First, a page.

This book gathers a series of chapters that provide state-of-the art overviews on the gravity field, magnetic field and Earth’s rotation observations, and on their interpretation in terms of the deep Earth’s structure, as well as on core dynamics and processes at the core-mantle boundary. This volume results from a Workshop held at the International Space Science Institute (ISSI) in Bern on 1–4 September, 2020.

The chapters ‘Gravity Variations and Ground Deformations Resulting from Core Dynamics’, ‘Rapid Variations of Earth’s Core Magnetic Field’, ‘A Dynamical Prospective on Interannual Geomagnetic Field Changes’, ‘Core Eigenmodes and their Impact on the Earth’s Rotation’, ‘Earth’s Rotation: Observations and Relation to Deep Interior’, ‘Interiors of Earth-Like Planets and Satellites of the Solar System’, ‘Correction to: Interiors of Earth-like planets and satellites of the Solar System’, ‘Fluid Dynamics Experiments for Planetary Interiors’, ‘Structure, Materials and Processes in the Earth’s Core and Mantle’, ‘Correction to: Structure, Materials and Processes in the Earth’s Core and Mantle’ and ‘Applications and Challenges of GRACE and GRACE Follow-On Satellite Gravimetry’ are available open access under a Creative Commons Attribution 4.0 International License via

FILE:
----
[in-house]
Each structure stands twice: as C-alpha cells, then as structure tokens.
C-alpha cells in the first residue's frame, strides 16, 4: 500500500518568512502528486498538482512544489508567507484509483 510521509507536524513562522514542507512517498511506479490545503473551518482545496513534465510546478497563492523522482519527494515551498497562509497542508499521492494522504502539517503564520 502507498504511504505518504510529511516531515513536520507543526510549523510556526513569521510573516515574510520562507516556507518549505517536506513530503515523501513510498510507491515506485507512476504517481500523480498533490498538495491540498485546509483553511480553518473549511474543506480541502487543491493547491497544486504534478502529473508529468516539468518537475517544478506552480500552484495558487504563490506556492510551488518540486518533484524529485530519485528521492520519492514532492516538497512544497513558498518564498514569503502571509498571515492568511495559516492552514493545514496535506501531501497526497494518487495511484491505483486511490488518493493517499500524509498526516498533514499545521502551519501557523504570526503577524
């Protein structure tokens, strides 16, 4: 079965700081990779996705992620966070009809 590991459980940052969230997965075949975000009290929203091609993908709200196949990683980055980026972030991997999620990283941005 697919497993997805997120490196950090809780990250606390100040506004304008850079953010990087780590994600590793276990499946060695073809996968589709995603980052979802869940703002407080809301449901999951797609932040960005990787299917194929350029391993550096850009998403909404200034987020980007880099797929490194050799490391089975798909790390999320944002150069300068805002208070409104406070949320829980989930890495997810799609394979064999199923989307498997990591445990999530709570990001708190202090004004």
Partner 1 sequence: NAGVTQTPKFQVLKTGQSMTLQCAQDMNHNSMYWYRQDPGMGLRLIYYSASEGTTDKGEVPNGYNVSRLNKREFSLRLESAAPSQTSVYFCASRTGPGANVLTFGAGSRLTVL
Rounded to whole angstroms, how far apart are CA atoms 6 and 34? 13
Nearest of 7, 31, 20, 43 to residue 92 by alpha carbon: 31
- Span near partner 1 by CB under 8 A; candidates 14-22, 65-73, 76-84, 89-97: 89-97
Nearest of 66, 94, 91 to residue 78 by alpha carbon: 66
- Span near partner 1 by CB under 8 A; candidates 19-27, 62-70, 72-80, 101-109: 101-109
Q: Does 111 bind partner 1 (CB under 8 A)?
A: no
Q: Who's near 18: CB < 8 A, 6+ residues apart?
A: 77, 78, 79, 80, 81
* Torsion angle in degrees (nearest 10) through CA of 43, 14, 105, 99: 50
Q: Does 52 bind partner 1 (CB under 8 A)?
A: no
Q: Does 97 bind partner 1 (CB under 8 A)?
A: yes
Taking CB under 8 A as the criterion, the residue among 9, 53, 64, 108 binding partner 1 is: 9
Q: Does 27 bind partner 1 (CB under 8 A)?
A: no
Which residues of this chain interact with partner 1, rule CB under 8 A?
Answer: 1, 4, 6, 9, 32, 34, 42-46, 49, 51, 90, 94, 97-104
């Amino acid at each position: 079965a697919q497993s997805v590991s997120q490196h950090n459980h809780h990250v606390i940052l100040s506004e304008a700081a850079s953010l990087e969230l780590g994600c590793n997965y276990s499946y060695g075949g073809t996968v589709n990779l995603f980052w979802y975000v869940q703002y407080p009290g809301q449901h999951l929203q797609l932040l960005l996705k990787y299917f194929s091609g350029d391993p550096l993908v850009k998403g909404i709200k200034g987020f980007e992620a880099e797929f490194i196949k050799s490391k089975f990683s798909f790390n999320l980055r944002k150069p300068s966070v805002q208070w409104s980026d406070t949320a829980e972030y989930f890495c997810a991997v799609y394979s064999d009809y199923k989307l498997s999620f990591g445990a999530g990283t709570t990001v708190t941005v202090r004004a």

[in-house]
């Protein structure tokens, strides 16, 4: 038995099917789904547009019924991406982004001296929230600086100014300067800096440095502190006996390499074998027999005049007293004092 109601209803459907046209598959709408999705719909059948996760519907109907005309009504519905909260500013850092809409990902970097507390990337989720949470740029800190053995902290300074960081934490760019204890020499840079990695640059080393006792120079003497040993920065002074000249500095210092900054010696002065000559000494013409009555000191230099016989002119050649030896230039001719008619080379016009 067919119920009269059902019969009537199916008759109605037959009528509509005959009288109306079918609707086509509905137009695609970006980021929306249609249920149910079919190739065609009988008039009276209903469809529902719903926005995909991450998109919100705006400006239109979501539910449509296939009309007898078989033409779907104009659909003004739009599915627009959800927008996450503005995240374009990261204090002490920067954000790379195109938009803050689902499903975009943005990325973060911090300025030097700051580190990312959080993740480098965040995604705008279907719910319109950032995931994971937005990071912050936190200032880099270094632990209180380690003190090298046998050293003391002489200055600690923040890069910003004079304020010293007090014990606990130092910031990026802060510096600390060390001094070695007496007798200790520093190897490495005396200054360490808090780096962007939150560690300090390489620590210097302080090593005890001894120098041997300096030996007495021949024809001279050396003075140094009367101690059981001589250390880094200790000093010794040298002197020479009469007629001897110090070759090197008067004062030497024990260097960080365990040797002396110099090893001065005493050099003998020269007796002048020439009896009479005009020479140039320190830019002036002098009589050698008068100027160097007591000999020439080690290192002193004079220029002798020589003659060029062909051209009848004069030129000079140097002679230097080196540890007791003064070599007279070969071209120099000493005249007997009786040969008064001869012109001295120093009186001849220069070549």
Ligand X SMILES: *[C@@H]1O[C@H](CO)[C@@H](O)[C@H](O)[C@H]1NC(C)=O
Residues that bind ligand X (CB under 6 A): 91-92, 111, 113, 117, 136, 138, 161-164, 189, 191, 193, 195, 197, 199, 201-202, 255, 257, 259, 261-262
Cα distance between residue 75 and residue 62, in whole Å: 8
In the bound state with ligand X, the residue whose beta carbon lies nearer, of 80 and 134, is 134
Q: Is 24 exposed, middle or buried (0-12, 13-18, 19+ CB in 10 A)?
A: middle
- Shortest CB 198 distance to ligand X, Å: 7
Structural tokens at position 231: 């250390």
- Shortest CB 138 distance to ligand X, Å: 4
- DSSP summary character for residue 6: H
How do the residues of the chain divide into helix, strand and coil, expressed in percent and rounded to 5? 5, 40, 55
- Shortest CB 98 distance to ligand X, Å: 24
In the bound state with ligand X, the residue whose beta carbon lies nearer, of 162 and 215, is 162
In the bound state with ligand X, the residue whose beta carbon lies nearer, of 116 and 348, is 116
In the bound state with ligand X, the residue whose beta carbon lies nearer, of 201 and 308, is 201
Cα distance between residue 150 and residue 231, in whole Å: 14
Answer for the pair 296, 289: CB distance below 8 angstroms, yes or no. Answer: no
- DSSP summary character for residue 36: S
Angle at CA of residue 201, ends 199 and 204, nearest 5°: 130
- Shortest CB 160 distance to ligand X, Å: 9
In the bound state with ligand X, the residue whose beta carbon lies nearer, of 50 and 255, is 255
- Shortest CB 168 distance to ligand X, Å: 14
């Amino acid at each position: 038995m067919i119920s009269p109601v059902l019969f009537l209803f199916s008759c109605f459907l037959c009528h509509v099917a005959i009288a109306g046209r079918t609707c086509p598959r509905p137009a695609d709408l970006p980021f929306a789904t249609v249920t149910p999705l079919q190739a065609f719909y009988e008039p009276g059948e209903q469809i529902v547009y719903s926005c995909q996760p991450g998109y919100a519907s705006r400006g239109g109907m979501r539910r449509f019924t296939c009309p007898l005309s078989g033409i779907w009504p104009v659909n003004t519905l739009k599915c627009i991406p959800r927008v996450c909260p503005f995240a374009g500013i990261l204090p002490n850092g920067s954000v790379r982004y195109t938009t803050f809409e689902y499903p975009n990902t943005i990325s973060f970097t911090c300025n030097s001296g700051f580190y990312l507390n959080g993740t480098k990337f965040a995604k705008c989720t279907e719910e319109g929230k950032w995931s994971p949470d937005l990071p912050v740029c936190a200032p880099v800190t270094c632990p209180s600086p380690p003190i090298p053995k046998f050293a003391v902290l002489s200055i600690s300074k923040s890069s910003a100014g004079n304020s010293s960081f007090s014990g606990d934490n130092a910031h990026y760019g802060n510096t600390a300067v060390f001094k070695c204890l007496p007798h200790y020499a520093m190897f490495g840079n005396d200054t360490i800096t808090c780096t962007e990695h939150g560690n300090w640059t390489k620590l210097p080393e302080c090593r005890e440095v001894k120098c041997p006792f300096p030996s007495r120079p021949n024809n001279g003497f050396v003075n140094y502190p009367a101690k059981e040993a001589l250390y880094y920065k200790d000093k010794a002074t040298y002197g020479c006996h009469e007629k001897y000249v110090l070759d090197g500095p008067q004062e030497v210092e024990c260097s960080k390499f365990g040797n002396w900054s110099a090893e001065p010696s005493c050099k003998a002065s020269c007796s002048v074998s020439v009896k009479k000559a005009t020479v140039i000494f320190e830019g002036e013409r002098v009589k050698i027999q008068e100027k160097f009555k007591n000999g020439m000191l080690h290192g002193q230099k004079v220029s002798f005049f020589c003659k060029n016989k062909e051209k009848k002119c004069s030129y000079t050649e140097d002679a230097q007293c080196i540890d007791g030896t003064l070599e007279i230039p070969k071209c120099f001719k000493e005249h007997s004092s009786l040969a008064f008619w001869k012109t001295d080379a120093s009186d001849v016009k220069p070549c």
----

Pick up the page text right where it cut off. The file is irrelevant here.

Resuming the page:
The book is edited by Veronique Dehant, Mioara Mandea,  Anny Cazenave, Lorena Moreira and all chapters are co-published open access in Surveys in Geophysics, Volume 43, Issue 1, 2022

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Oscillatory Processes in Solar and Stellar Coronae

Volume 76 in the Space Science Series of ISSI